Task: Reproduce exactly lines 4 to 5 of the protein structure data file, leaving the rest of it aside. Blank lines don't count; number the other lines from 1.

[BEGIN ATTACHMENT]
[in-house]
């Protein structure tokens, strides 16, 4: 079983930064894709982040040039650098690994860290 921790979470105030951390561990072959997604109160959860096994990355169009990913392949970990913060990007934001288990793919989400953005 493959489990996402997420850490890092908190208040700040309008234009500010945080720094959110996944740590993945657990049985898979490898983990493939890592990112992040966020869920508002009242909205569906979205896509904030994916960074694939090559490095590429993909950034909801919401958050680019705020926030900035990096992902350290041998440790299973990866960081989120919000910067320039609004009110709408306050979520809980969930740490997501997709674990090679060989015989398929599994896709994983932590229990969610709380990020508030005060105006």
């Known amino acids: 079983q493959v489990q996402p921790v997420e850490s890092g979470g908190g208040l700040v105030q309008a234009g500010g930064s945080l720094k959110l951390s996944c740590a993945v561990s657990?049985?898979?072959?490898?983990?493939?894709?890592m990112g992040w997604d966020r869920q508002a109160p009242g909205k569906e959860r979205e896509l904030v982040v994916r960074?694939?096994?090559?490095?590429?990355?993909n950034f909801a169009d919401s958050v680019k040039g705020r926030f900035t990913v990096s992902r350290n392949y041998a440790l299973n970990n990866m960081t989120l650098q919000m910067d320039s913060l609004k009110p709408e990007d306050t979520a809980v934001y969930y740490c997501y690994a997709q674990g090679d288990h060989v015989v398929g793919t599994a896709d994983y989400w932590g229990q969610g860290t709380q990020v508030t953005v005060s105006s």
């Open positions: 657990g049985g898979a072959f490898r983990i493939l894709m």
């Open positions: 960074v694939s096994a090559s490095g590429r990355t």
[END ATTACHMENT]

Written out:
């Open positions: 657990g049985g898979a072959f490898r983990i493939l894709m």
């Open positions: 960074v694939s096994a090559s490095g590429r990355t």